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The flexibility of ceramic

We see it as outdated, obsolete, even tacky at times and yet each time it is reborn to become even fresher and richer. Ceramic never ceases to amaze us. It’s the phoenix of decorative materials.

We were originally seduced by the practical side of ceramic: shock resistant, watertight, not affected by changes in temperature, easy to wash, perfectly hygienic. It was the ideal material for the kitchen (floor and work space), the bathroom (floor and walls) and the vestibule (floor).

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Years have passed and designers have recognized the potential of ceramic in terms of aesthetics. They have embraced it enthusiastically. The days when ceramic was associated with being poor are long gone. Today, ceramic offers almost infinite possibilities when it comes to decorating.

Ceramic imitates natural stones, wood, marble and concrete. Sometimes the designs are quite surprising, such as snakeskin. This explains its astonishing ability to make a floor come alive. And even make it sophisticated. Ceramic comes in so many colours, textures and motifs that you have an abundance of choice.

Have you ever seen a ceramic surface alternate with wood flooring? It’s chic and refined. But ceramic doesn’t need a second material to make it stand out. All you need is a little imagination and you can come up with some astonishing patterns: pictures and colours, decorative edges, mosaics, medallions, ocean effects using a deep blue in the bathroom. The variety of tile sizes and shapes alone can completely change a decor.

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iStock

It’s ability to imitate is what has expanded ceramic beyond the bathroom and kitchen. Today, ceramic is found in bedrooms and living rooms. In fact, it is now found in all rooms. It no longer has a complex.

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iStock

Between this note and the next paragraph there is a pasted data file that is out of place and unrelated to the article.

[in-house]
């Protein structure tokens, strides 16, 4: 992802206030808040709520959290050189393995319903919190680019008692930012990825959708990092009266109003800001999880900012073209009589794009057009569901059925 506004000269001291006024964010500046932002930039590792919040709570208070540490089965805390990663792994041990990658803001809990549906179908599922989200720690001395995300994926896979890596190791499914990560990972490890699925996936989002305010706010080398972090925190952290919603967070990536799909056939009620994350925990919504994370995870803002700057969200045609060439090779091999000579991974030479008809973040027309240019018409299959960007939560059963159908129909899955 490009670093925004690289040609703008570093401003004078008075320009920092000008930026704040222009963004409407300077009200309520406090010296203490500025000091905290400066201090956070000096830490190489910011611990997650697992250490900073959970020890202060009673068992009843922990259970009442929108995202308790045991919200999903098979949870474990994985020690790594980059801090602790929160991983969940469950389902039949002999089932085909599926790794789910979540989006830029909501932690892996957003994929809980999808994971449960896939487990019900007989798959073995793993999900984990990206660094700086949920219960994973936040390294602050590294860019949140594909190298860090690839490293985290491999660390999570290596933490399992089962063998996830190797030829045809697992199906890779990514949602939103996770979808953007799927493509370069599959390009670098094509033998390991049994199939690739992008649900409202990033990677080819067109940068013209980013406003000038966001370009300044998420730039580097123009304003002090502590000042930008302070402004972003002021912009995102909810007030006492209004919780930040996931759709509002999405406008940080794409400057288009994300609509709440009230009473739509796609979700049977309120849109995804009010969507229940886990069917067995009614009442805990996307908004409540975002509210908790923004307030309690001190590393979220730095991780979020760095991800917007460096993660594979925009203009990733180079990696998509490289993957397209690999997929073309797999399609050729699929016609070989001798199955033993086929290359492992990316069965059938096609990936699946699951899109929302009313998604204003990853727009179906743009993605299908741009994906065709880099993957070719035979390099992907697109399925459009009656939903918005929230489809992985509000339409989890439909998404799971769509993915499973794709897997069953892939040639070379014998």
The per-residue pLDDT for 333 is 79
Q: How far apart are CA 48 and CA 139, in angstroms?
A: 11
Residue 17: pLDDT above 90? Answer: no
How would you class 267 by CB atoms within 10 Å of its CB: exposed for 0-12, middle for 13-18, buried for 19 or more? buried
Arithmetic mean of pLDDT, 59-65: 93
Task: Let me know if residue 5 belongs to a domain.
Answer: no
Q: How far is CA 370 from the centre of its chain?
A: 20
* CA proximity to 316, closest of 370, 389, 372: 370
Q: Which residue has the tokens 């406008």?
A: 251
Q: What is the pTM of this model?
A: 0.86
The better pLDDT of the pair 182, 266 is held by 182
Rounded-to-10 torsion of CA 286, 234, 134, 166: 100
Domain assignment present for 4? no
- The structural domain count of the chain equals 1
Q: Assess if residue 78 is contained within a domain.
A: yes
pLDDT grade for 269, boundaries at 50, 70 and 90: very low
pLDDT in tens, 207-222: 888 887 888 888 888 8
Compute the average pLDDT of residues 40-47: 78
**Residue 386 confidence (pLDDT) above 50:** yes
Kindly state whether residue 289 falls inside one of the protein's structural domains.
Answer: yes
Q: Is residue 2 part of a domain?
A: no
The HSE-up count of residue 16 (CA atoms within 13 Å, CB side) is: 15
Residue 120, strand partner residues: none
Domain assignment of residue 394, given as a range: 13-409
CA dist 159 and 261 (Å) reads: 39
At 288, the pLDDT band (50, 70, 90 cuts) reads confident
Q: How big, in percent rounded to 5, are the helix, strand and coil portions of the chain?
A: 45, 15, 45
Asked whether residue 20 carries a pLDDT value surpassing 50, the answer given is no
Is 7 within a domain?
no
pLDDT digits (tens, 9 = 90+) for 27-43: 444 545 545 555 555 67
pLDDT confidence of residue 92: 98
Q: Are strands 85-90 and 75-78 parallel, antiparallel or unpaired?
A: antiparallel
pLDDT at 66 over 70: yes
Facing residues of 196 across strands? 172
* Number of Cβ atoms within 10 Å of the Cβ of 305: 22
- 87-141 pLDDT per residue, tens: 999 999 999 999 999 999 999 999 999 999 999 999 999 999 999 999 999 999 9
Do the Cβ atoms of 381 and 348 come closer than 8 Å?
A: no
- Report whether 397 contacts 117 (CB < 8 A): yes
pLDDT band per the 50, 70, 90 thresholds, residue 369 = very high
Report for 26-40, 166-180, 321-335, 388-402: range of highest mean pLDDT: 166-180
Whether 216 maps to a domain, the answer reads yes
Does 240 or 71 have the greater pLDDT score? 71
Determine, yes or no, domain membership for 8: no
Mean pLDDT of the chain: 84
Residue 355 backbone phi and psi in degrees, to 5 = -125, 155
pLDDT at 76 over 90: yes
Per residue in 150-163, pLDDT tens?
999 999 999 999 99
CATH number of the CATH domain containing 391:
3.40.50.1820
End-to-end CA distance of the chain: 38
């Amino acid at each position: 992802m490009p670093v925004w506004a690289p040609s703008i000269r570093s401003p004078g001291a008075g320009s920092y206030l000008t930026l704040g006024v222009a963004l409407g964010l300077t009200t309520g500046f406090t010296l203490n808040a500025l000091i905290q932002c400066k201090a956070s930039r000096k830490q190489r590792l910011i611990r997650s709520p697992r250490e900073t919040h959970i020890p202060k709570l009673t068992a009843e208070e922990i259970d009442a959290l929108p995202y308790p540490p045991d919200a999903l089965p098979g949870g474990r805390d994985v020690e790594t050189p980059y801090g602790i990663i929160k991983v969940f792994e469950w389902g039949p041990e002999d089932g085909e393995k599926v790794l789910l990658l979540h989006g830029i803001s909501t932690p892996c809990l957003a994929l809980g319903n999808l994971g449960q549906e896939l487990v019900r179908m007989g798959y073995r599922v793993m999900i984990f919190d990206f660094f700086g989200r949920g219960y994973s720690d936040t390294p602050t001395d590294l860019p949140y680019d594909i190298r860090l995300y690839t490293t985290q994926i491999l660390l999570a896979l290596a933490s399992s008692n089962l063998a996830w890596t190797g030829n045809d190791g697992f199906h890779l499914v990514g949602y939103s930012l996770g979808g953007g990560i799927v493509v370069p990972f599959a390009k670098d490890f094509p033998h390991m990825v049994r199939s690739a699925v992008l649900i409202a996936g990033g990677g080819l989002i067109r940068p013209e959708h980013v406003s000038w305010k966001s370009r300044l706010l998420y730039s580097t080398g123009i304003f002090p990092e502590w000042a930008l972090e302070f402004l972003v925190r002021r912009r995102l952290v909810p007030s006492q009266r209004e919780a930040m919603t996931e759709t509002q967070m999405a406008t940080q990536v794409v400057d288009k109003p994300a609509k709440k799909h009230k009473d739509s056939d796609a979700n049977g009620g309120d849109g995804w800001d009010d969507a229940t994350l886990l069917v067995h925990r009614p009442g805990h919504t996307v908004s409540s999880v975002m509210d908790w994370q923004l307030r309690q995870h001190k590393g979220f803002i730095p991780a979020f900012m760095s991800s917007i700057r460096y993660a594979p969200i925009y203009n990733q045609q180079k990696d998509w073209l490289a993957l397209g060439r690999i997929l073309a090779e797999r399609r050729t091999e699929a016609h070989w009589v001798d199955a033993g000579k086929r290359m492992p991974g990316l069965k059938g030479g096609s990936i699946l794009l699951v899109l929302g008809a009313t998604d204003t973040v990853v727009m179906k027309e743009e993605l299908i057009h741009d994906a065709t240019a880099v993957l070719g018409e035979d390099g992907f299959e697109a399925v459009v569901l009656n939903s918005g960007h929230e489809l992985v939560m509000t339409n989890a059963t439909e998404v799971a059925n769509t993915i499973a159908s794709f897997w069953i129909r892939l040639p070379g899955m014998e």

Ceramic brightens a chimney mantel, the circumference of a mirror, the apron of a bathtub, or a small table. Given the opportunity, it can look great outdoors: the surface of a patio, low wall, bench, entryway and garden path.

Ceramic already fits perfectly in a rustic decor, but easily blends in the classical style as it is quite elegant. We have already seen tiles adorn a living room wall. Highly refined. Do you like a high tech atmosphere? Ceramic offers graphic motifs and reflective surfaces.

On the wall, ceramic blends perfectly with kitchen cupboards, regardless of their personality, which explains its popularity, apart from the fact that it is easy to wash. The same applies to the bathroom. Ceramic is surprisingly flexible.

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iStock

Seen somewhere: ceramic tiles of various colours, voluntarily broken and then put back together, piece by piece, to create a pattern on the bathroom wall. Also seen: a small incrusted mosaic in a large ceramic floor surface, but the results are spectacular.

Maybe you’re more tempted by ceramic’s younger cousin porcelain ceramic? They are very similar. Porcelain is more resistant, but much noisier. It’s becoming increasingly popular.

Ceramic does have slight disadvantages, but the industry succeeds in getting around them.

  • Too cold for your feet? Install a heated floor underneath.
  • Too noisy? You can install a product underneath that reduces the noise.
  • Too slippery? Choose a slightly textured or glazed model for a non-slip surface.
  • You hate the sight of joints and the fact that you have to clean them regularly? Today there are finishes that make them almost invisible.

Photos: istock.com

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